Health and Wellbeing at Work: day one roundup

The Health and Wellbeing at Work event is back for its 17th year at Birmingham’s NEC. Here HR magazine provides a roundup of some of the key takeaways from day one.

Sexual harassment remains rife in the workplace

The Trades Union Congress (TUC) estimates over 50% of women and 70% of LGBT+ workers are sexually harassed in the workplace.

Yet Kerrie Best, head of operations at Purple Leaf, said this figure is likely to be higher given some employees do not have the confidence to disclose when an incident occurs.

Best highlighted the importance of bystander intervention when witnessing sexual harassment in the workplace

She said: “Inappropriate behaviour can be on a spectrum, but whether it’s passed off as banter or something more harmful, it needs to be noticed and dealt with.

“Sadly research tells us that often people do one of two things when witnessing inappropriate behaviour: they might collude with it, or minimise and diffuse responsibility. Particularly in groups, people think someone else will intervene.”

Best urged HR to make the person who has experienced the harassment feel believed.

She added: “If they don’t feel believed and you doubt what they are saying, they will not disclose this information again. It’s important they feel heard, and that their feelings and reaction to the situation is validated.”


Employers need to do more to support employees experiencing pregnancy loss

One in four pregnancies ends in miscarriage, yet unless the gestation period is 24 weeks, there is no statutory right to offer paid leave to employees experiencing pregnancy loss.

Speaking to HR magazine editor Jo Gallacher during a Fireside Chat, Vicki Robinson, deputy director at charity Miscarriage Association, said: “When experiencing loss, employees will need varied reasonable adjustments depending on their needs.

“A lot of employees will need to process what has happened and will experience grief. Communication needs to be open with regards to what these employees need given everyone’s case is different.

“Some women may want time off during their next period or during sensitive moments such as their due date and anniversaries. They may also request to temporarily move away from pregnant employees.”

Robinson said line managers needed more support from HR when it comes to having difficult conversations around pregnancy loss, and urged the topic to be openly discussed in the workplace to reduce the taboo.  

The Miscarriage Association encourages employers to sign up to its Pregnancy Loss Pledge, which asks employers to understand and introduce pregnancy-related leave, create a supportive work environment and make sure line managers have training to manage challenging conversations.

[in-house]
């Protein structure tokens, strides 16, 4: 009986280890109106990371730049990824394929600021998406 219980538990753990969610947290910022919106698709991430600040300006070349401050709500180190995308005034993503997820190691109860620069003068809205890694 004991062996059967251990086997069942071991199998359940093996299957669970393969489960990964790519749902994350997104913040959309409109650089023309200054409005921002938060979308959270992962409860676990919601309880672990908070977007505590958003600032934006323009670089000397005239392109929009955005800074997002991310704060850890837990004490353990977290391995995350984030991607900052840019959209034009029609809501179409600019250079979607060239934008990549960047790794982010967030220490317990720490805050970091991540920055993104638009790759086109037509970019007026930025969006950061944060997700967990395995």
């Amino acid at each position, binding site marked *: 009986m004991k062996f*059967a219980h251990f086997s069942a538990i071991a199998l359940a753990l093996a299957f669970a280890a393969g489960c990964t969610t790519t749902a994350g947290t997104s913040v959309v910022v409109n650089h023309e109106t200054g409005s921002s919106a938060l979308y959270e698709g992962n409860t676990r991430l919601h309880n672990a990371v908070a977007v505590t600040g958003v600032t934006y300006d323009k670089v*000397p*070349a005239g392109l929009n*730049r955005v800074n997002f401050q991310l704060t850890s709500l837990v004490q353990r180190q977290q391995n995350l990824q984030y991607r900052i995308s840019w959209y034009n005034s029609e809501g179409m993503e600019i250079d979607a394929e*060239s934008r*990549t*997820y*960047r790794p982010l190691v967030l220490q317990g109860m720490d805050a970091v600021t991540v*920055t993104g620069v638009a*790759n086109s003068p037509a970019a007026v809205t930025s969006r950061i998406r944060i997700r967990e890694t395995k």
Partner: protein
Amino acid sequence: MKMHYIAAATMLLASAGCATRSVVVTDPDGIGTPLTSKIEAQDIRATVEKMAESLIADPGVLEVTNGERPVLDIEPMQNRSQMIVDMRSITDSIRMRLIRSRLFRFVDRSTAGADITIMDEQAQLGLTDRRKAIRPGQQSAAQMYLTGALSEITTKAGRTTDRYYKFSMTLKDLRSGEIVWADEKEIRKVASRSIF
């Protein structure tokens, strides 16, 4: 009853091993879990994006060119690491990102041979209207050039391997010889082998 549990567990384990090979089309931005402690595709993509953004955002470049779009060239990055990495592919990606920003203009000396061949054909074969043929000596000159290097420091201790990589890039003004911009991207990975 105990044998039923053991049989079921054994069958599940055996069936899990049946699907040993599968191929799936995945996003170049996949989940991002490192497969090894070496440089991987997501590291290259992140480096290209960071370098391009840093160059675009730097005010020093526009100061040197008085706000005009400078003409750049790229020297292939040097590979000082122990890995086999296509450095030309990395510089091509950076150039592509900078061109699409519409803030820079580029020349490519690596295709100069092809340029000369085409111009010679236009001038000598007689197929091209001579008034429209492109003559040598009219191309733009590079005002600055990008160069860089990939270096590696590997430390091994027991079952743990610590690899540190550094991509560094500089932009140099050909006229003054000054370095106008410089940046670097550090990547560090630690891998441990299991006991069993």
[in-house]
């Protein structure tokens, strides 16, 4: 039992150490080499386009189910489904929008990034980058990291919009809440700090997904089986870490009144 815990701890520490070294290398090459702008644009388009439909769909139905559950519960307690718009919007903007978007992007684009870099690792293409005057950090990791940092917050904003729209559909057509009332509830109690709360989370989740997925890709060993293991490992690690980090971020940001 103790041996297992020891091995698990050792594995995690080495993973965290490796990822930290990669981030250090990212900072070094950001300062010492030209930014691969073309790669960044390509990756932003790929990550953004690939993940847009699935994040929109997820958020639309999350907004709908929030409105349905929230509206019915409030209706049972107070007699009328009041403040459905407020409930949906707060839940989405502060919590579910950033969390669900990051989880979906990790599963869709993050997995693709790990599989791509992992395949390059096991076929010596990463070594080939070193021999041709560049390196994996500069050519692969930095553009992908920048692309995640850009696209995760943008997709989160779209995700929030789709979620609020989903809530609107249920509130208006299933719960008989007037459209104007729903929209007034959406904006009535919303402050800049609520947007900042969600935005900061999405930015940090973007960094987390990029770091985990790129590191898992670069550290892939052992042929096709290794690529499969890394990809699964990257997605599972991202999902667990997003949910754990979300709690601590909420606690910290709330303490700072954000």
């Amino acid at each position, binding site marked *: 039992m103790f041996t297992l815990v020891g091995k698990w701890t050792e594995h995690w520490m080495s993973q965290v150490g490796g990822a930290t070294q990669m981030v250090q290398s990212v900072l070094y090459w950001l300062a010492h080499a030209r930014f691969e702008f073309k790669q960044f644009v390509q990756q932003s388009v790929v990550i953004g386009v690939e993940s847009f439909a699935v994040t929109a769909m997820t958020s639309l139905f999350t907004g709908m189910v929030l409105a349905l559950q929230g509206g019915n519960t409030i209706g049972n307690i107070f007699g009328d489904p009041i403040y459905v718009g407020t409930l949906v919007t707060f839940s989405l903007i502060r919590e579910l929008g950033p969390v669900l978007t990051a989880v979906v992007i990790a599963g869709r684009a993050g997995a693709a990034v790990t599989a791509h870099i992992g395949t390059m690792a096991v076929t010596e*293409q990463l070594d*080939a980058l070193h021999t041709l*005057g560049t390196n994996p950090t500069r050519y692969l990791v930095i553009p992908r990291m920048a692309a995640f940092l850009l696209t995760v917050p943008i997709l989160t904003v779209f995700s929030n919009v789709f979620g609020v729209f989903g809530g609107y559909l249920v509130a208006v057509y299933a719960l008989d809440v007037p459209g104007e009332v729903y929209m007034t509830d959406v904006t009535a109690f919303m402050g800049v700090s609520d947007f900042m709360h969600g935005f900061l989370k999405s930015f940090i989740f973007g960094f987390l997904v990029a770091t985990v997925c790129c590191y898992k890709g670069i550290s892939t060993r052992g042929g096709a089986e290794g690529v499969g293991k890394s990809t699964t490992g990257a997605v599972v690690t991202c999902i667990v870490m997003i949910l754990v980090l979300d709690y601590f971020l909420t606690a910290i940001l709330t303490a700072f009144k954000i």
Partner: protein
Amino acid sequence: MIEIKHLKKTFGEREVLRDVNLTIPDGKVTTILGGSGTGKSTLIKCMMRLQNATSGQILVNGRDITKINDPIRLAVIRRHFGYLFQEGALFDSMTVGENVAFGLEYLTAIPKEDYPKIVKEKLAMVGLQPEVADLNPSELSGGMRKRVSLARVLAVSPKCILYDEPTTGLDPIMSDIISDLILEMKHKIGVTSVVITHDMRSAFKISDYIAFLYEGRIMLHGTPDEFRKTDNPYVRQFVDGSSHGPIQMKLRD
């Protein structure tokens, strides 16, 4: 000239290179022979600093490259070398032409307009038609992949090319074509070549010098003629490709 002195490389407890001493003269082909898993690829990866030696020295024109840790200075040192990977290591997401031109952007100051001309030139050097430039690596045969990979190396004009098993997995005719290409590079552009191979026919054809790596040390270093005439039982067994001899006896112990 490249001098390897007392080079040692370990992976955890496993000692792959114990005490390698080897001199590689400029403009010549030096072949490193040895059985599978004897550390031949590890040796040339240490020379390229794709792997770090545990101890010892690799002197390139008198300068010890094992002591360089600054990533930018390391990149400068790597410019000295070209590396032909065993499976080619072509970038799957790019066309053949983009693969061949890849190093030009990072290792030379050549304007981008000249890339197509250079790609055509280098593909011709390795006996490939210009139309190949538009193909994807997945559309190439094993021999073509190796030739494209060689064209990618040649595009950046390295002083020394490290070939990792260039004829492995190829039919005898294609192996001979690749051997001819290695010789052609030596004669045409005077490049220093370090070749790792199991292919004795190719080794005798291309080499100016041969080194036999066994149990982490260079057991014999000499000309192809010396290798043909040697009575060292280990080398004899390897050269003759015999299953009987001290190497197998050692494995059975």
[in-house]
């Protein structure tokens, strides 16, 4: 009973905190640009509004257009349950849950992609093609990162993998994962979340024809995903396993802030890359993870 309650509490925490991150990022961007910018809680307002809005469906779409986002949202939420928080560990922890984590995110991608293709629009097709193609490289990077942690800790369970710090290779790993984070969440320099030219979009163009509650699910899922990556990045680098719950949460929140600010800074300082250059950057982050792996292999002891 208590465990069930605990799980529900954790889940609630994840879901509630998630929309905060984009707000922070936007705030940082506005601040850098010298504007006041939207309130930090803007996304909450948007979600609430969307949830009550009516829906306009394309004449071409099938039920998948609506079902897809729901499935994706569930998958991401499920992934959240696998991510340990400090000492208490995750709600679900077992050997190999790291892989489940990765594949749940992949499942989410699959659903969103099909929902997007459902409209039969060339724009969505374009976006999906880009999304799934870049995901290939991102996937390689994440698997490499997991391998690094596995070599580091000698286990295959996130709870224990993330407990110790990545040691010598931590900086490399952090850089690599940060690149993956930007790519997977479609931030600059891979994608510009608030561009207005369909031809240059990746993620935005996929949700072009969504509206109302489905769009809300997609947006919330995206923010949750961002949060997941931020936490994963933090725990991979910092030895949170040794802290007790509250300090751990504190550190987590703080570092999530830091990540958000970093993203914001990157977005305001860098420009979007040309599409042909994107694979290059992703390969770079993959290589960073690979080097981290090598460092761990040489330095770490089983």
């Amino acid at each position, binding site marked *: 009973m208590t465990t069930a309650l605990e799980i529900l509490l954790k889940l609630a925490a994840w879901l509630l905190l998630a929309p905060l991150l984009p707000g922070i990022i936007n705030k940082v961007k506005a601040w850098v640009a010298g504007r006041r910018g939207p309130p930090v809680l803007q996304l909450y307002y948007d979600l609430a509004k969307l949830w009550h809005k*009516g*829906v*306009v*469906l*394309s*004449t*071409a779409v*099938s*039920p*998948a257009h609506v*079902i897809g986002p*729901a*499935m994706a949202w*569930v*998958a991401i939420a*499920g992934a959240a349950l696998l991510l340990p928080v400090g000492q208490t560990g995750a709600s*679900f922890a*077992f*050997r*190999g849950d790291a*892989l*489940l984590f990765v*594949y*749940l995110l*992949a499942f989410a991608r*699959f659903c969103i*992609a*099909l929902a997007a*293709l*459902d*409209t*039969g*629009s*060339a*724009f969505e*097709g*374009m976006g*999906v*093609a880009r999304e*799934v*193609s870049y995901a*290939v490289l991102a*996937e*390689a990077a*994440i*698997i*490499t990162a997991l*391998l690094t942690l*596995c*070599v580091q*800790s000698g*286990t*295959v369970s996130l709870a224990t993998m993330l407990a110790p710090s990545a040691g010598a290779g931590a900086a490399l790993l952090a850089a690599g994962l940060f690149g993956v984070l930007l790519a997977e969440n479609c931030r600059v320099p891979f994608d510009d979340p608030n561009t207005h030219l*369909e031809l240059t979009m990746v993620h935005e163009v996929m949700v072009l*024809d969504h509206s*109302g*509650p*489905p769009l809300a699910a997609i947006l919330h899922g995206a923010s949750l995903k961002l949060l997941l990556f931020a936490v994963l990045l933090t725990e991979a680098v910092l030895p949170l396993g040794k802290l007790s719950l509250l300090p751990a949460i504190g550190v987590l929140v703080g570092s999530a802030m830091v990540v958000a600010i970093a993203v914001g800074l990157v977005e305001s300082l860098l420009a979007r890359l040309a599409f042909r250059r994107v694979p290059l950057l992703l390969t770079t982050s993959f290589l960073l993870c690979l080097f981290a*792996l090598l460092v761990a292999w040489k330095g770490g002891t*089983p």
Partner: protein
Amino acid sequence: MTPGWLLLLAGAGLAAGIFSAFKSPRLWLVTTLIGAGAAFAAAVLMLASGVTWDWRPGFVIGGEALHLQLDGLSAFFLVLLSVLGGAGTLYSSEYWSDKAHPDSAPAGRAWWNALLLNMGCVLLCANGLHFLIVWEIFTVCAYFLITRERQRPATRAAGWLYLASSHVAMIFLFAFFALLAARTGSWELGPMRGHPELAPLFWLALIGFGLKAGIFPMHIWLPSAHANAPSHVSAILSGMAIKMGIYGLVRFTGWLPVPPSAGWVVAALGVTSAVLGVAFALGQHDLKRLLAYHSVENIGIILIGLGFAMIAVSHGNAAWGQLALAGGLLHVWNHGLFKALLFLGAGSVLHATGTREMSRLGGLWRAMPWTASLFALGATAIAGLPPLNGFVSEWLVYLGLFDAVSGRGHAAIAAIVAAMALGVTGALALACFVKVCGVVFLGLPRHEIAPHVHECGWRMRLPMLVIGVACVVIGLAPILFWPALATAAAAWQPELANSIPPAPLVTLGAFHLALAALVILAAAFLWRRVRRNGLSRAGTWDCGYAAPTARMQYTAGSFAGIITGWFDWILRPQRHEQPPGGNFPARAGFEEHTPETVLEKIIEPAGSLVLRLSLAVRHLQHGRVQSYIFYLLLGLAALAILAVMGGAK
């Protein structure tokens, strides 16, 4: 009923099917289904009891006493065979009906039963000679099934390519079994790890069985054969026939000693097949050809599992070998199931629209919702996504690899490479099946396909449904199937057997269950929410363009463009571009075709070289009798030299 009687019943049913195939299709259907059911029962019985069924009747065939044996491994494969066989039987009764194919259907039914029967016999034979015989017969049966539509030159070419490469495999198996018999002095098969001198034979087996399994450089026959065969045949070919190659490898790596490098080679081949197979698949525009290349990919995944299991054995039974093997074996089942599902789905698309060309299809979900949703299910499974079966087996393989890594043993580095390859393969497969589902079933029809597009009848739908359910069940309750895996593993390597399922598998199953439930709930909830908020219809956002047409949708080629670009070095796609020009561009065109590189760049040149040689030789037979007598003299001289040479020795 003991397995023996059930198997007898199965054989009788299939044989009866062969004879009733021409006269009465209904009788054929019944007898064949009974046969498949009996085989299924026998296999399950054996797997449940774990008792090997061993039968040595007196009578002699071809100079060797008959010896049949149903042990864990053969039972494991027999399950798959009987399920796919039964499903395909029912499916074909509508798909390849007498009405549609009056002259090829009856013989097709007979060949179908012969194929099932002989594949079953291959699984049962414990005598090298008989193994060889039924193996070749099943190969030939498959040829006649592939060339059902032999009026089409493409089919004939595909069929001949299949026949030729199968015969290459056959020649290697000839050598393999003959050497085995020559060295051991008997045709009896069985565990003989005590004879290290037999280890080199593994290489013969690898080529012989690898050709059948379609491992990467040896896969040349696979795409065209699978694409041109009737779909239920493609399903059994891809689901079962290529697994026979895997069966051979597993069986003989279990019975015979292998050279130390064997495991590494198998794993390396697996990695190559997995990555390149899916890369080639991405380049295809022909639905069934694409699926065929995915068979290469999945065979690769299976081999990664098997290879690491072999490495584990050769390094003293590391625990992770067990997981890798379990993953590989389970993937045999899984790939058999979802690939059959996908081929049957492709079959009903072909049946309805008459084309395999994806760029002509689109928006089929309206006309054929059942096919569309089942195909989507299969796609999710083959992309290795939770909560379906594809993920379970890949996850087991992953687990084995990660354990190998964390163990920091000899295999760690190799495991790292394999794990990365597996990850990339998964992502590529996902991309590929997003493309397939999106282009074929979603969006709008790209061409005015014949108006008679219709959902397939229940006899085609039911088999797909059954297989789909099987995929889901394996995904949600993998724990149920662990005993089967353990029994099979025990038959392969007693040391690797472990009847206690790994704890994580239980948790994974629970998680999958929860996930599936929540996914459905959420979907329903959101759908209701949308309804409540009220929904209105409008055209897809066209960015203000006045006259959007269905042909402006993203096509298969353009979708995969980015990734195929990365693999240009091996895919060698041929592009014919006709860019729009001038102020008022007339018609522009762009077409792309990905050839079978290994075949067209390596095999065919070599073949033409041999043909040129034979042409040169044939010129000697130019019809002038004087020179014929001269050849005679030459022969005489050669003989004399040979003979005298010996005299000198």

Long-term health conditions at work could be eased by supported self-management, but these frameworks don’t yet exist  

Sally Hemming, health and wellbeing lead at EY, argued that despite the increasing prevalence of long-term health conditions, the workplace was not doing enough to help employees remain at work.

She said: “It’s calculated that 31% of working age people have a long-term health condition, which is expected to rise to 40% by 2030. Yet our research has found workplace self-management support is insufficient and not meaningfully provided.”

The presentation featured two EY workers with long-term conditions who discussed their experiences of illness in the workplace, and how self-management has helped them.

Examples of self-management ranged from options for remote and hybrid working, recognising differences in day-to-day symptoms and taking a flexible approach to working hours dependent on energy levels and mental capacity.

Sophie Sutton, EY consultant, said the main barrier of having a long-term condition in the workplace was the fear of being put at a disadvantage.

She said: “I do worry that I’ll be thought less of because I need support. I find myself nine times out of 10 saying I’m fine, when a lot of the time that isn’t actually the case and I would have benefited from more support.

"Having a culture of trust and openness in the workplace and being able to have conversations about it with colleagues really helps.”

Hemming concluded the session by encouraging employers to support and enable employees to self-manage, and create support frameworks and tools for line management, occupational health providers and workers.

She added: “Employers do not realise the control they have over other people’s health and potential work outcomes.”

The Health and Wellbeing at Work show takes place on 14-15 March at Birmingham NEC. Check back tomorrow for a roundup of day two.

Click here for a roundup of day two.